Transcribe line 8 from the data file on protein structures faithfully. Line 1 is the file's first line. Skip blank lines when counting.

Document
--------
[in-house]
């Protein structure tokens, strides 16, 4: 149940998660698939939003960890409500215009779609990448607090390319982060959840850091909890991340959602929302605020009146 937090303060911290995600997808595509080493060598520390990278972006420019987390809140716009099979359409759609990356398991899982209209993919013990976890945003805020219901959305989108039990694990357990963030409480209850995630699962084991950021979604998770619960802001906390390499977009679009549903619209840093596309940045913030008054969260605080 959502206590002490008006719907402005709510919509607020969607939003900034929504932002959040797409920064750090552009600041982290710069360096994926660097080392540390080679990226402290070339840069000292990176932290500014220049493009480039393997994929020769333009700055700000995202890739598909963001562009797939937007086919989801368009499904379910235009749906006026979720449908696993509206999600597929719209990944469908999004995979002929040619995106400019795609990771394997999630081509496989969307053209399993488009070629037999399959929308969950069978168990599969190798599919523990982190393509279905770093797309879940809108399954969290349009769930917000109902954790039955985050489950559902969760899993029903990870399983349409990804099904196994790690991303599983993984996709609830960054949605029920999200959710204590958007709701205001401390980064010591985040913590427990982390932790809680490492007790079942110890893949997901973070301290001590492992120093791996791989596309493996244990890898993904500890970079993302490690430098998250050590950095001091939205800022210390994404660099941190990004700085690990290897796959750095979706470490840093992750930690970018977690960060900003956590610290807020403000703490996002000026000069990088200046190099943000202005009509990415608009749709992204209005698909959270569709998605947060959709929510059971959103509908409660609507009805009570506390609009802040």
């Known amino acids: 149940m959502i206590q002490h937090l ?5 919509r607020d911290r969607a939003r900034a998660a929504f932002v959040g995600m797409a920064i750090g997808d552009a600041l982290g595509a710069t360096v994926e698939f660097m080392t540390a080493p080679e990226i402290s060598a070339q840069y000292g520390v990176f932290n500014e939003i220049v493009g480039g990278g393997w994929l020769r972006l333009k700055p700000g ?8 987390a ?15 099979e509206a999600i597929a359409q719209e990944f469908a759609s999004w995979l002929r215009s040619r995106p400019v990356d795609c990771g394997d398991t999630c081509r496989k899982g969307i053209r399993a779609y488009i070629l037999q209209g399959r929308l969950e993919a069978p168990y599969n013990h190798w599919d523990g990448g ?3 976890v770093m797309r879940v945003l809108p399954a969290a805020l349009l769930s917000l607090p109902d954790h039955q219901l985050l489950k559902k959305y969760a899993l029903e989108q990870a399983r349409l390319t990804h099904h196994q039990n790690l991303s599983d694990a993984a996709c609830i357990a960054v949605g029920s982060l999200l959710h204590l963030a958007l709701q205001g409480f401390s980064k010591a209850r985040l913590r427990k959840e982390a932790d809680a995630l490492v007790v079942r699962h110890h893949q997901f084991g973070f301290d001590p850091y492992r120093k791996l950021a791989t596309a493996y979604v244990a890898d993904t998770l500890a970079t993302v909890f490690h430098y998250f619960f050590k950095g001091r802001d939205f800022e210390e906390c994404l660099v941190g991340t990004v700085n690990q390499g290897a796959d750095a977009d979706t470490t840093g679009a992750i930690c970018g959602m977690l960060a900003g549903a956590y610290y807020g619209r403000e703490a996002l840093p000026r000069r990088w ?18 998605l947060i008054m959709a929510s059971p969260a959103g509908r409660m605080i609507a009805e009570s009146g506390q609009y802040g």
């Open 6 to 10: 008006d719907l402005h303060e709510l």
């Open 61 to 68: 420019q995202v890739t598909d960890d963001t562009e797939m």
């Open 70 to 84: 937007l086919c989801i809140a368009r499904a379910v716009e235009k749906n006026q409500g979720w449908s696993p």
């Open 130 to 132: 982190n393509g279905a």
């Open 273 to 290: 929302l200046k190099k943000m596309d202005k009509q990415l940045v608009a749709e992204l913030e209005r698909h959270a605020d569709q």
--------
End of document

């Open 273 to 290: 929302l200046k190099k943000m596309d202005k009509q990415l940045v608009a749709e992204l913030e209005r698909h959270a605020d569709q």